Senior Citizens with Alzheimer's - Social Media Analysis
Forty percent of seniors use social media, including Facebook, Instagram, LinkedIn, Twitter, Pinterest, Snapchat, YouTube, WhatsApp, and Reddit. Unfortunately, no information was available in the public domain on the use of social media by patients with Alzheimer's disease or on the exact hour usage, and regional variations in the use of social media by senior citizens. Below is an overview of the findings.
Overview of Alzheimer's
- Alzheimer's is the most common form of dementia. Alzheimer's causes problems with thinking, memory, and behavior. Its symptoms progress slowly over time and interfere with daily tasks, eventually to a point where those affected can no longer interact with their environment.
- There are approximately 5 million people in the U.S. with age-related dementias. Approximately 70% of these cases are Alzheimer’s disease.
Seniors and Social Media
- Forty percent of Americans over the age of 65 report using social media.
- Of seniors who use social media, 46% use Facebook, 8% use Instagram, 11% use LinkedIn, 7% use Twitter, 15% use Pinterest, 3% use Snapchat, 38% use YouTube, 3% use WhatsApp, and 1% use Reddit.
- The use of Facebook for seniors has more than doubled since 2012, from 20% to 46%.
- Sixty-seven percent of seniors aged 54-72 (baby boomers) and 30% of seniors aged 73-90 (silent generation) own smartphones.
- Thirteen percent of baby boomers and 8% of those from the silent generation are smartphones only internet users.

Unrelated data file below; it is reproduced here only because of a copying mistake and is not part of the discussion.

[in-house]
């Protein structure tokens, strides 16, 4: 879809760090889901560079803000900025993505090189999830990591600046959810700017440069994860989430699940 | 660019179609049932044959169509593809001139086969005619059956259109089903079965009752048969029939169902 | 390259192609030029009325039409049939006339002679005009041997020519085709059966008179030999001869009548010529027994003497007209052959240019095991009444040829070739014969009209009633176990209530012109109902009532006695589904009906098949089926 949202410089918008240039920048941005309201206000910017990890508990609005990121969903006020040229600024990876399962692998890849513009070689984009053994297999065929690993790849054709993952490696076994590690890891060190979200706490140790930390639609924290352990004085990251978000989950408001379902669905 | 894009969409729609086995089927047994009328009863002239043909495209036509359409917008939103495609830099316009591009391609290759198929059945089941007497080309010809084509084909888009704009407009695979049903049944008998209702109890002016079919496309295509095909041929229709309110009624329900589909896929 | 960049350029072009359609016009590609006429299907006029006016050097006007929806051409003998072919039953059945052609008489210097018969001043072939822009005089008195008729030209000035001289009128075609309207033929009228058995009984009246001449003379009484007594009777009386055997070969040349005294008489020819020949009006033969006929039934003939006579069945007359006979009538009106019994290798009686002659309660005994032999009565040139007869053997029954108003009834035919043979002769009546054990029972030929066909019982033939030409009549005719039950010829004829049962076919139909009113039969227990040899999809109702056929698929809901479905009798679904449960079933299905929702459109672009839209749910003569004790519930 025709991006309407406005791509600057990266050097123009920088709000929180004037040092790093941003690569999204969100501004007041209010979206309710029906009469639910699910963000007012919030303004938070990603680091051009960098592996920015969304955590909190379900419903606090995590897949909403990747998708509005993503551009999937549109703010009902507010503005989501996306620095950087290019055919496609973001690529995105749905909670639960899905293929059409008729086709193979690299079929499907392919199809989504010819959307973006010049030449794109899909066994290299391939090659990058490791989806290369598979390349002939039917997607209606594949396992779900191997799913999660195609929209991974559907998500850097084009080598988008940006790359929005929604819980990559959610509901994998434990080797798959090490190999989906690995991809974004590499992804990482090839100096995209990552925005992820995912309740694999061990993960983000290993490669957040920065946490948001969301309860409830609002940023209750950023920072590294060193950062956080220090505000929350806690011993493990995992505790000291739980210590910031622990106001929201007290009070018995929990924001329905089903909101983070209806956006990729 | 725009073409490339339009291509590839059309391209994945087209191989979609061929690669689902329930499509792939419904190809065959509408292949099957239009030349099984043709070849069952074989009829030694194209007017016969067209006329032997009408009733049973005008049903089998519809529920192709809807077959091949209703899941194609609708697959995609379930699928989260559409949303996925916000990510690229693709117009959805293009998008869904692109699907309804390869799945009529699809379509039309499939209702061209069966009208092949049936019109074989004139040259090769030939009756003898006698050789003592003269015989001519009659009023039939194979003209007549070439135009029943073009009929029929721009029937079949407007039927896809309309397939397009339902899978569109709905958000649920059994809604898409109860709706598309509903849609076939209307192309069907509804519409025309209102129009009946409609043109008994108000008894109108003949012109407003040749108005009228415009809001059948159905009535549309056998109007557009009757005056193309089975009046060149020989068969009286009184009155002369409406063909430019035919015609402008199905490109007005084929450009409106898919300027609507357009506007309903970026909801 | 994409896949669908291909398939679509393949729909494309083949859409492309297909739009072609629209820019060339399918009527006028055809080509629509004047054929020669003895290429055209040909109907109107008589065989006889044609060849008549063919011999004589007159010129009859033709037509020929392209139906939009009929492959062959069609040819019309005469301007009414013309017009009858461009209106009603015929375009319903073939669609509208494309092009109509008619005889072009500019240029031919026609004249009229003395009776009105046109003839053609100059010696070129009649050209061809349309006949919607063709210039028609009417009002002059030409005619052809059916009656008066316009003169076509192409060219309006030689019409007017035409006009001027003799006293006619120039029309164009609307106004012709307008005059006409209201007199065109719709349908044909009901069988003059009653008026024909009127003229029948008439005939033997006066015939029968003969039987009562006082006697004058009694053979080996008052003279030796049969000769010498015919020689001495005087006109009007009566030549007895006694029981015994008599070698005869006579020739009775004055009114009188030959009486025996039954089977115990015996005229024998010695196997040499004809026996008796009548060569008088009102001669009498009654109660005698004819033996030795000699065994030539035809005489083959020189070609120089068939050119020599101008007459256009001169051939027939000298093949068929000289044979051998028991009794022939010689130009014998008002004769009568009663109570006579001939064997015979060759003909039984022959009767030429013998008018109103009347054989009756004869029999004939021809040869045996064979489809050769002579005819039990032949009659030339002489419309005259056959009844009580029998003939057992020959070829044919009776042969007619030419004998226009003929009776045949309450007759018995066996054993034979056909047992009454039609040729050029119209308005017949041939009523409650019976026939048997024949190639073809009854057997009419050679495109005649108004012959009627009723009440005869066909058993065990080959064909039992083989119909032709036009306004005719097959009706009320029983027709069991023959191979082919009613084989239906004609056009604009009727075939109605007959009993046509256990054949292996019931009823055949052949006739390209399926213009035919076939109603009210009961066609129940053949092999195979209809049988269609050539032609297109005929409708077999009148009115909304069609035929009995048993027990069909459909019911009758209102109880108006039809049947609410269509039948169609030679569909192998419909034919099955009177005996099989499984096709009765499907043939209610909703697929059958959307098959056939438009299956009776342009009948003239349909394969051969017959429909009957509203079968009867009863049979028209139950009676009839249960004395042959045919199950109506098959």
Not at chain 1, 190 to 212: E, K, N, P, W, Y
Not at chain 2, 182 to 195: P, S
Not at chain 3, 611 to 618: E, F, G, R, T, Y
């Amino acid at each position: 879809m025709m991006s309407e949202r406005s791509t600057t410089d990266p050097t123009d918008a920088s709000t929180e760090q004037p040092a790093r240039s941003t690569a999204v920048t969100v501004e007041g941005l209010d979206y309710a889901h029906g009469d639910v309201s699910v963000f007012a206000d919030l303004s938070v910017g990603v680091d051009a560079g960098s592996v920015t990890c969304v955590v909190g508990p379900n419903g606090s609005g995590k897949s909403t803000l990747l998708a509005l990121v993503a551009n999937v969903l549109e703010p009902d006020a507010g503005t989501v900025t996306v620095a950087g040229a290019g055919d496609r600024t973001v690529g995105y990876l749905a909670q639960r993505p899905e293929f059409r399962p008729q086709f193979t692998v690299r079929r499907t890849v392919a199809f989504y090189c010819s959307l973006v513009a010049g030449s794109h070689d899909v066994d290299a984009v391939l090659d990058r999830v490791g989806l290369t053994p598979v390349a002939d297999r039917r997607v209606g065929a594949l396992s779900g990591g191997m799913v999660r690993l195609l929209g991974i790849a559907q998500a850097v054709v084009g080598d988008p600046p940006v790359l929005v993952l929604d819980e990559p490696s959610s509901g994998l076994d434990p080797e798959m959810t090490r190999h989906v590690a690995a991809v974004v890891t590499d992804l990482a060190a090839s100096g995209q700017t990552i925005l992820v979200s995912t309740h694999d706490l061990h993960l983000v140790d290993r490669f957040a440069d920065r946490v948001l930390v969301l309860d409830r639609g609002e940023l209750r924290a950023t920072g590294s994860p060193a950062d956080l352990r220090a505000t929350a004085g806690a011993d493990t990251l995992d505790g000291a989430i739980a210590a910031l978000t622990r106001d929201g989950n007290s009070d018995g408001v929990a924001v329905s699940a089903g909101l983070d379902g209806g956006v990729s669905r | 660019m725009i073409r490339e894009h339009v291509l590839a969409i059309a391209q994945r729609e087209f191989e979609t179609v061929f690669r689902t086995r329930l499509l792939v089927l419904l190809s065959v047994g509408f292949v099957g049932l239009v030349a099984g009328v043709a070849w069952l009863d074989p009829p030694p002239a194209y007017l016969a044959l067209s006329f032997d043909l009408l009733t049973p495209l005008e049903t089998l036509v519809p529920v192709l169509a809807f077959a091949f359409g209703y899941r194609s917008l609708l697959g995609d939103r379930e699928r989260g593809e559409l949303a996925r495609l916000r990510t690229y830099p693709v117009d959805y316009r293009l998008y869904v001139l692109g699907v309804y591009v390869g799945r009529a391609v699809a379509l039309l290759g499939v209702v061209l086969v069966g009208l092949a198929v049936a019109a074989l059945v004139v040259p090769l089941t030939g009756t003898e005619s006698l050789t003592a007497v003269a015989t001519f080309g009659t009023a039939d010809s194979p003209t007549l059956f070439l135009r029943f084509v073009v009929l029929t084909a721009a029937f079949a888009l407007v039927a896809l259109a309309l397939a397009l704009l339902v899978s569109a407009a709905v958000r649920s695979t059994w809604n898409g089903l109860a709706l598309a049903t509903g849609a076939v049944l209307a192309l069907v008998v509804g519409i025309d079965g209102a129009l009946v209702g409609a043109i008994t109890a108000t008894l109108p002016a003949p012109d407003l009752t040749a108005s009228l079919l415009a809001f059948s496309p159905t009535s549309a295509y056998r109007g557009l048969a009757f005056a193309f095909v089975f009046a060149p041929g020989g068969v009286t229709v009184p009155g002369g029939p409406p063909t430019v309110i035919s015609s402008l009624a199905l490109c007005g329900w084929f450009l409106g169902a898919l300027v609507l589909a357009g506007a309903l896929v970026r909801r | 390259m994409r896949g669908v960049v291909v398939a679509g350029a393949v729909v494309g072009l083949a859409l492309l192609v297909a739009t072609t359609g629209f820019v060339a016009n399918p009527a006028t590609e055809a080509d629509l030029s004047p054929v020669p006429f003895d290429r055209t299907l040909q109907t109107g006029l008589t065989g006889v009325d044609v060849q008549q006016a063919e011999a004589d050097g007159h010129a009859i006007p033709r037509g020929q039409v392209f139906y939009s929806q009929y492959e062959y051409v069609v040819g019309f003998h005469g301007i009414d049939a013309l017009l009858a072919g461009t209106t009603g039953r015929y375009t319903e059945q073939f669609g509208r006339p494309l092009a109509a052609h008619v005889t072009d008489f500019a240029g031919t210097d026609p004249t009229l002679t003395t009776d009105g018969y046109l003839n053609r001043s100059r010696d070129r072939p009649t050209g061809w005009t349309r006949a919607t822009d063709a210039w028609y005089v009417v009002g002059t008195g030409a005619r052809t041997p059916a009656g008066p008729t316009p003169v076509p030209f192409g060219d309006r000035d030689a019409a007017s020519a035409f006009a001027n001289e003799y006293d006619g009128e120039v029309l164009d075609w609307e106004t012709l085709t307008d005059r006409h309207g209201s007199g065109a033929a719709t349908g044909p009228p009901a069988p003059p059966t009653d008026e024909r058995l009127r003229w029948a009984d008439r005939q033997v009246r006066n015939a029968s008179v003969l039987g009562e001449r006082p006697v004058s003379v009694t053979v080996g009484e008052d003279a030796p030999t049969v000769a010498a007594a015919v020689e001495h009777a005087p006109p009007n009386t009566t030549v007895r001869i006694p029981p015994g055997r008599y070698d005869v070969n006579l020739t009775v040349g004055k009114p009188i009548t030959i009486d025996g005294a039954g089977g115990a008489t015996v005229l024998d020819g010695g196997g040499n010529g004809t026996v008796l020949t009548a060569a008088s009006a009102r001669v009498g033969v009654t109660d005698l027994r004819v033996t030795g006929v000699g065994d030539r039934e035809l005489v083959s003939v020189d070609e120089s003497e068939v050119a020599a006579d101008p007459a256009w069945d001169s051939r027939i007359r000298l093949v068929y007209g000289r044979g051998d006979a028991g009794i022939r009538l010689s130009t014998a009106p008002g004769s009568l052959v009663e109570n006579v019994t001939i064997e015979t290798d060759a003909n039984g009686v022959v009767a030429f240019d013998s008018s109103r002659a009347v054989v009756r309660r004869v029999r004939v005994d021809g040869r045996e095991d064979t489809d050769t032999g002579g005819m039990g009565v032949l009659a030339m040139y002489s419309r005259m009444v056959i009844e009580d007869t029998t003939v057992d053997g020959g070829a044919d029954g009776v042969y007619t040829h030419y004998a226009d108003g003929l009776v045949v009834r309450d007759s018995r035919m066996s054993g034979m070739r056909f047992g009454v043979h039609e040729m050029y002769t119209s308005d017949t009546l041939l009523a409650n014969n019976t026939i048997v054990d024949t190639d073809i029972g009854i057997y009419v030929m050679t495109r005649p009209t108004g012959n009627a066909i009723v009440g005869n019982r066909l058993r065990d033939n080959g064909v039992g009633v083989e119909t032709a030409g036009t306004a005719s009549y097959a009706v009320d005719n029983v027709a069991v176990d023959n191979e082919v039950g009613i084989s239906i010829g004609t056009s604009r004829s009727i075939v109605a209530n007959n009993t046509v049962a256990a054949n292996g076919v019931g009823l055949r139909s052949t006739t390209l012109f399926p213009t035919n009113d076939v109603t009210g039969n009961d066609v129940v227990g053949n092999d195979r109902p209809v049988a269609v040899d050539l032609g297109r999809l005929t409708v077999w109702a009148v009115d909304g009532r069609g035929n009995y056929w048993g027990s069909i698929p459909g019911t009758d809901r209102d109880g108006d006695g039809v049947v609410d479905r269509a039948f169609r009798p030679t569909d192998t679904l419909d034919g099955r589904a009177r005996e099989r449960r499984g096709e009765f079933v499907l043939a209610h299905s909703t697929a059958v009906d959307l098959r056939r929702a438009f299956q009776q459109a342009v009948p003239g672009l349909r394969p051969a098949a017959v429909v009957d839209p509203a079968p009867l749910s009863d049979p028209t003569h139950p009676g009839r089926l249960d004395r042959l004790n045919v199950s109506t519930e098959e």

- Sixty-six percent of baby boomers and 34% of the silent generation have home broadband.
- Sixty-eight percent of baby boomers and 63% of the silent generation believe the internet is good for society.
- Eight percent of senior internet users say they are on the internet constantly.
- Seventeen percent of senior internet users say they are online once a day and 51% say they are online several times a day.
- Of seniors who go online, 82% are aged 65 to 69, 75% are aged 70 to 74, 60% are aged 75 to 79, and 44% are 80 or older.
Using Social Media for Dementia and Alzheimer's
- Research shows that social contact for people with dementia tends to maintain their level of functioning longer, and social media can help with this.
- Facebook can help by using the "Memories" tab as it brings up posts from past years, promotes memories, and keeps them alive.
- Group messaging and private groups on Facebook link seniors to the most important people in their lives, giving them a place to communicate.
- Facebook games can allow seniors to play, which engages thinking skills.
- Pictures on Instagram are also a way to jog memories.
- A Pinterest search for new things can be a good way for cognitive and social engagement.
- One company, PRA Health Services, has begun searching for Alzheimer's patients and caregivers through social media, trying to determine their everyday struggles to determine where it can focus its research to meet the patient’s needs.
- Clinically trials suffer because of a lack of participants, and many recent Alzheimer's drug trials have failed or been stopped. PRA is looking to social media to put themselves on the right track for finding treatments for this disease.
Social Media for Seniors
- AARP has 2,043,526 followers on its main Facebook page, but it also has specialty pages and local chapter pages on Facebook.